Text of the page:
A documentary travel series presented by Julian Hanton and Camilla Andersen. It unravels unscripted travel plans and all the bizarre encounters made along the way, such as masked Mexican wrestlers, Thai transsexuals, Indian gurus, Jamaican conmen and Peruvian Alien Worshippers. Cheapskate traveller Julian and his laid-back companion Camilla explore the more bizarre aspects of our world, as well as capturing the feel of the traveller network. Interviewing other travellers and getting to the bottom of each country’s sub-culture.
The travel series, which is now being broadcast on Sky TV's Travel Channel was created and produced by four colourful South Seas Film and Television course graduates. Julian Hanton, (director and onscreen traveller) Camilla Andersen, (producer and companion traveller) along with cameraman Tom Fowlie and researcher Ian Hart.
After graduating from South Seas, the four stayed together to form their own production company - Katipo Productions. They decided to leave New Zealand under their own resources and finances with a plan to travel the world and make a 'backpacker' TV series.
"No one was going to pay for four unknown filmmakers to make their own series so we just went ahead and did it ourselves," says Hanton. "We wanted to make a show capturing the real travel experience, for people who aren't interested in tagging along on package tours."
One year later they returned with five hundred hours of footage; having trawled through 11 countries, lost 40 kgs between them, and with an impressive collection of rashes and tropical diseases.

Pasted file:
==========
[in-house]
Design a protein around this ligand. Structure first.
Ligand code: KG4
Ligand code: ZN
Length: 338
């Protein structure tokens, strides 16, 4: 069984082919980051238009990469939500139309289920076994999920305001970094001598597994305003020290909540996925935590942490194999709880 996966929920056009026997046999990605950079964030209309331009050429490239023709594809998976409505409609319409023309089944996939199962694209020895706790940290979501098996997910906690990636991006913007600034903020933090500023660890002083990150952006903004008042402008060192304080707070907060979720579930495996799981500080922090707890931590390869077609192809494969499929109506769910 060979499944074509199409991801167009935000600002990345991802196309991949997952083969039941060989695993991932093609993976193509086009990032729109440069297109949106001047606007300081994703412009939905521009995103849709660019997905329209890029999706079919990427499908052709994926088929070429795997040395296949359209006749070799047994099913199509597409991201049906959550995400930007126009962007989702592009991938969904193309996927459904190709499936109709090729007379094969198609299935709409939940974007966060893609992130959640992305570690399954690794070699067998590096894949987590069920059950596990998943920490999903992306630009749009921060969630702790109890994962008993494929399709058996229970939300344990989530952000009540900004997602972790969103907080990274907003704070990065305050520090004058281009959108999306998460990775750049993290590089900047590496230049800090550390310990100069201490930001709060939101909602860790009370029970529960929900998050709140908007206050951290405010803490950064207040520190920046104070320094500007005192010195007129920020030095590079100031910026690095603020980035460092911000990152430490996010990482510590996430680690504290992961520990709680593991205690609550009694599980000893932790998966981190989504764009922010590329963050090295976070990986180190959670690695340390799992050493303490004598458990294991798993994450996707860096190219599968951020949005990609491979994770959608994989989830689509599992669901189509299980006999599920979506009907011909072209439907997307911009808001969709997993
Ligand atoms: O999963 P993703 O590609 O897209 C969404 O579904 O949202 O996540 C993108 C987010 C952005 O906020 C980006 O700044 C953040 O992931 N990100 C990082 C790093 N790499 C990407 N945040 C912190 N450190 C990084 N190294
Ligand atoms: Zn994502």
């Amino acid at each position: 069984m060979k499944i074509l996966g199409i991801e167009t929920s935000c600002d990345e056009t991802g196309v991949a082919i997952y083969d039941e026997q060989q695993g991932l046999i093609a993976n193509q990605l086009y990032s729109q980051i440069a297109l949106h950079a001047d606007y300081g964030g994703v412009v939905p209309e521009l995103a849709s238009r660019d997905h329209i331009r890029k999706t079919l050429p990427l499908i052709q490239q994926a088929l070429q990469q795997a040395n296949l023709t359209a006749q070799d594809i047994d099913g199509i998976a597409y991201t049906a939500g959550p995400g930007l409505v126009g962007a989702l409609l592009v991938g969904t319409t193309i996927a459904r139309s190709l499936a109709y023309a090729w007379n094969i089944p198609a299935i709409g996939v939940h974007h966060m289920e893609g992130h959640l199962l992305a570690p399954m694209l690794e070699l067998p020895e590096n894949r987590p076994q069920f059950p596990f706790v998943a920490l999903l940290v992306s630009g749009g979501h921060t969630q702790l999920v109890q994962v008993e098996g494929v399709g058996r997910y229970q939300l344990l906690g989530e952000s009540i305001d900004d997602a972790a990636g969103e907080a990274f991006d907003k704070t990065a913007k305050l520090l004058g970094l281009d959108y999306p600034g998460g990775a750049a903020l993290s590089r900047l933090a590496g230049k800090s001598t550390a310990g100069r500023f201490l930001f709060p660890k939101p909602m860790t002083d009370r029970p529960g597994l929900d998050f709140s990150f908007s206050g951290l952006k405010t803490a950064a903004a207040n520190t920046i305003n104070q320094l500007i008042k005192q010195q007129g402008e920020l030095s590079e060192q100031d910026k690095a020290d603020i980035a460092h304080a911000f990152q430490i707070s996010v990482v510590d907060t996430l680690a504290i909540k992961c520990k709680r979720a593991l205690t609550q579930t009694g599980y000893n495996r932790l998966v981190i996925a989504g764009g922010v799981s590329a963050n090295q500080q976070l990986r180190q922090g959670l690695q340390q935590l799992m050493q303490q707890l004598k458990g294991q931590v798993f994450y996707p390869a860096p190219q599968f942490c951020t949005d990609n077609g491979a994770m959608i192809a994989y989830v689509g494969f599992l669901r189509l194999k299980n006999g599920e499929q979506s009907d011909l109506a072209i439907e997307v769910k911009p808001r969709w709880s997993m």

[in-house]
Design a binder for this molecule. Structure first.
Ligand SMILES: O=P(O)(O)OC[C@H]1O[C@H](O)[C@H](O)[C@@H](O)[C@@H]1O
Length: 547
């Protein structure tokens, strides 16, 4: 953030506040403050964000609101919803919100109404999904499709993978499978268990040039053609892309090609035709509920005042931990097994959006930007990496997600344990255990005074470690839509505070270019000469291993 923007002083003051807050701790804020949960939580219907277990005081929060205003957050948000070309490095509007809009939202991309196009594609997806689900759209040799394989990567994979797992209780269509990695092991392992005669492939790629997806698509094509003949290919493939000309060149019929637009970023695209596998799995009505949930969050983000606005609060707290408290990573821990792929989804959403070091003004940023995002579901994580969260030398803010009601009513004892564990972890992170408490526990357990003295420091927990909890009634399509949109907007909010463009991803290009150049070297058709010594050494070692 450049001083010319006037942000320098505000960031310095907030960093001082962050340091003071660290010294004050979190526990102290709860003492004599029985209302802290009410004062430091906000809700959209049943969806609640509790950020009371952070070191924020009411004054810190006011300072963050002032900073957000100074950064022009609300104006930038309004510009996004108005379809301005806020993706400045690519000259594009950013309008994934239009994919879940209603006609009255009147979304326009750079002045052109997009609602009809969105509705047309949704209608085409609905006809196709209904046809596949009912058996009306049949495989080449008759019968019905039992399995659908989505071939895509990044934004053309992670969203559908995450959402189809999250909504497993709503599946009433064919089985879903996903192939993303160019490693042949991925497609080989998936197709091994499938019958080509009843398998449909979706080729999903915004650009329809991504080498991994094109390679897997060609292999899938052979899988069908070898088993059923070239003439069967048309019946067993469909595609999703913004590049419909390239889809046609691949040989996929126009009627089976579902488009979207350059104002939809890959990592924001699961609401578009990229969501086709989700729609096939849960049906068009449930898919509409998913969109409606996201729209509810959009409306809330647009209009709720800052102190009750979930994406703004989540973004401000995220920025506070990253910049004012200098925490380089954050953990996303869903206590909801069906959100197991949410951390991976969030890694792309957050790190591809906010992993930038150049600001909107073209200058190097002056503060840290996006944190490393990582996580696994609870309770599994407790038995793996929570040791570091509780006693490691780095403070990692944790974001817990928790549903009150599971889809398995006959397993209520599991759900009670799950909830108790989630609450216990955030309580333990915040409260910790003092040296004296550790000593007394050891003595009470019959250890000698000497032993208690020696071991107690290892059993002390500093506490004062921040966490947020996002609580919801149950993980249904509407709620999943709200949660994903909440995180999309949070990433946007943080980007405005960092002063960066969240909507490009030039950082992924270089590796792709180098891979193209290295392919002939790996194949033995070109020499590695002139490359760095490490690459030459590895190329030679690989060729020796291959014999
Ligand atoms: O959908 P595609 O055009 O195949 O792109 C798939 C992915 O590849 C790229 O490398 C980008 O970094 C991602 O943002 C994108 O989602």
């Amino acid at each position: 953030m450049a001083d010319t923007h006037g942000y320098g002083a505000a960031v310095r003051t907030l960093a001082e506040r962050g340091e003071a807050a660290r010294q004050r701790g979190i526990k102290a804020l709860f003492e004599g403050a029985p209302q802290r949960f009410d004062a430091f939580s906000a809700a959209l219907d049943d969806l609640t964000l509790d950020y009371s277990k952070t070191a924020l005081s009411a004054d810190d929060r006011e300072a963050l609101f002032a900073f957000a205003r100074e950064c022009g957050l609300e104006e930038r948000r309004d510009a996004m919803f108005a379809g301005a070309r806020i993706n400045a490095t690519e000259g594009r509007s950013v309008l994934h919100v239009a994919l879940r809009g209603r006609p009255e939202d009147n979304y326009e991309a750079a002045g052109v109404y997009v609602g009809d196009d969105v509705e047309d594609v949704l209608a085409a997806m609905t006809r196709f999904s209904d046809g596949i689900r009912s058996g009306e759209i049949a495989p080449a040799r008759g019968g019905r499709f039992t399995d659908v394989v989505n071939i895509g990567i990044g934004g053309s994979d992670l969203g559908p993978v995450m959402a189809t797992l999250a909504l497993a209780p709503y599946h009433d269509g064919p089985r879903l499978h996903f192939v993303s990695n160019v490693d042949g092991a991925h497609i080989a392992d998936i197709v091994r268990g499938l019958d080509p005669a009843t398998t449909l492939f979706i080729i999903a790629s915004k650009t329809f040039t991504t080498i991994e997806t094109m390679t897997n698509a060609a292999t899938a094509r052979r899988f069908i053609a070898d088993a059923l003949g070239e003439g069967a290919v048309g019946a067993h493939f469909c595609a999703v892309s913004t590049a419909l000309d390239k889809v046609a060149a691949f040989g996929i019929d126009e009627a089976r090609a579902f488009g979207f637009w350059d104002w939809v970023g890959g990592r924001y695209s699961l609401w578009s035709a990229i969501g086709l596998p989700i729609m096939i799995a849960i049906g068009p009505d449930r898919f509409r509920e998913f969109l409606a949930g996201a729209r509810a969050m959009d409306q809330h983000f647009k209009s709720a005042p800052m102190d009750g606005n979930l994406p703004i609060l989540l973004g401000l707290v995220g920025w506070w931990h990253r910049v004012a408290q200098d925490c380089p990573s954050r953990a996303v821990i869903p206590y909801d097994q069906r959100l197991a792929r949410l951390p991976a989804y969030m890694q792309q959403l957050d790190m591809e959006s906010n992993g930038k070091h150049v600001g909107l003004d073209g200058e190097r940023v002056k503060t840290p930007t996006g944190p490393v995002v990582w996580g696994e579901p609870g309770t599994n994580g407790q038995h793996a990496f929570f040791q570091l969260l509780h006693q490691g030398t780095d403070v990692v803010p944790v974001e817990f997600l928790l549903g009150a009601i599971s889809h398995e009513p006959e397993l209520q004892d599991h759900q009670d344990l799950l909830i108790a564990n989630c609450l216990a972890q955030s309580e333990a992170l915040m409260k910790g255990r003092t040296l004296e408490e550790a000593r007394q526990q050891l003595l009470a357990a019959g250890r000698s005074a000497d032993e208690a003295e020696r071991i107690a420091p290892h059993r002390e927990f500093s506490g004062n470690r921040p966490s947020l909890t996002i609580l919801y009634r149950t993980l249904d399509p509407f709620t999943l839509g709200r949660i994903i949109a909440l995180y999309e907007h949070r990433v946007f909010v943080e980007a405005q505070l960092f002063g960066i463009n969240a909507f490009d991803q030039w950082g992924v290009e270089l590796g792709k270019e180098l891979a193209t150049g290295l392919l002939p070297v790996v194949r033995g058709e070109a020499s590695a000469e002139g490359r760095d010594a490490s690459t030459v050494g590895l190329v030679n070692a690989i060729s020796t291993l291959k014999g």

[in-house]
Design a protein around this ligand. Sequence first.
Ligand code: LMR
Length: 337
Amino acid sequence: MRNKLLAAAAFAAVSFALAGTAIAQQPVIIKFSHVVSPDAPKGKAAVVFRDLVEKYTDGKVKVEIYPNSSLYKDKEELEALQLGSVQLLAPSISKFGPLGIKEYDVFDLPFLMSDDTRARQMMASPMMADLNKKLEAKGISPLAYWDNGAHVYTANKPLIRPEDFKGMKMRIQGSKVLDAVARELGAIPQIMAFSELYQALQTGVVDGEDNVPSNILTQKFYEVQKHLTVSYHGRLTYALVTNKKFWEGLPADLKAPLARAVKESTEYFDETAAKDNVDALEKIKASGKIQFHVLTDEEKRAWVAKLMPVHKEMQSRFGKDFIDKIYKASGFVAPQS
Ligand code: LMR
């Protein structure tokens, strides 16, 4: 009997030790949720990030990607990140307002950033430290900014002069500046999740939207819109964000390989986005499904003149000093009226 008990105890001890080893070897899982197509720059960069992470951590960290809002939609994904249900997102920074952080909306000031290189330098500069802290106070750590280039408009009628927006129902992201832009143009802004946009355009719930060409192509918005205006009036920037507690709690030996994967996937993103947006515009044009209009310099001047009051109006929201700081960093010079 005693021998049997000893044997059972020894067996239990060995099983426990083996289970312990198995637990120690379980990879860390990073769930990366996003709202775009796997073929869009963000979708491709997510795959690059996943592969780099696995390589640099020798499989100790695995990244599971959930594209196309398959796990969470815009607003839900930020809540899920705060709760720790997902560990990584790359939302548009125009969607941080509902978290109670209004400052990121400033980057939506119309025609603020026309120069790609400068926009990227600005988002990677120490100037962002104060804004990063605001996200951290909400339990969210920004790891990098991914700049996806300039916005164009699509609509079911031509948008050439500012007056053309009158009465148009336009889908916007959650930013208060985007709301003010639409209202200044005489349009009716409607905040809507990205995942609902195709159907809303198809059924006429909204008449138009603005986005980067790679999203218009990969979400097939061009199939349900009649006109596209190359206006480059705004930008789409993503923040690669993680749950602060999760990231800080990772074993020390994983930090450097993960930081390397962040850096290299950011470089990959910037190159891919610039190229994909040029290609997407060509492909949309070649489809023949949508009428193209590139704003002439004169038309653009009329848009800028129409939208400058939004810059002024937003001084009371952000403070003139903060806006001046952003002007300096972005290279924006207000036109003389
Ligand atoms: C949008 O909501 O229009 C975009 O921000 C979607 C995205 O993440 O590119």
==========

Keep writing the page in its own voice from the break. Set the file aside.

Having total independence allowed the four to ad-lib their filmed journey like real travellers; away from the souvenir stalls and dependent on who they met and how much money they had in their pockets.
The series switches between the fun and light hearted moments travellers treasure; and the insights and experiences that lie beneath a country's façade, which travellers remember. "That's exactly what travel is like - one minute you're wandering a mass grave and the next you're dancing with gay Cuban men drunk on cheap rum," says Camilla.
"We made it our priority to find a story in each country that delved a little deeper into the hardships that face many of these people," says Hanton. These included visiting a Laos village bombed by the US secret war in the 1970s, looking at the AIDS epidemic in South Africa, and an audience with masked rebel group the Zapatistas in Mexico. "We even landed an exclusive interview with Professor Noam Chomsky, who added his perspective to what we had seen," says Hanton.
A year of shared experiences wasn't always smooth sailing for Julian and Camilla; the combination of cheapskate traveller Julian with laidback Camilla made for an at times tumultuous friendship. A screaming match over petty differences in picturesque Cuba was one of the low points, and was all captured on camera.
"We were always together, not just Camilla and I but the other two as well, 24 hours a day for a year," says Julian, "so it was hard not to be yourself on camera, laughing, crying, getting ripped off by locals and lots and lots of vomiting. We made it part of the experience."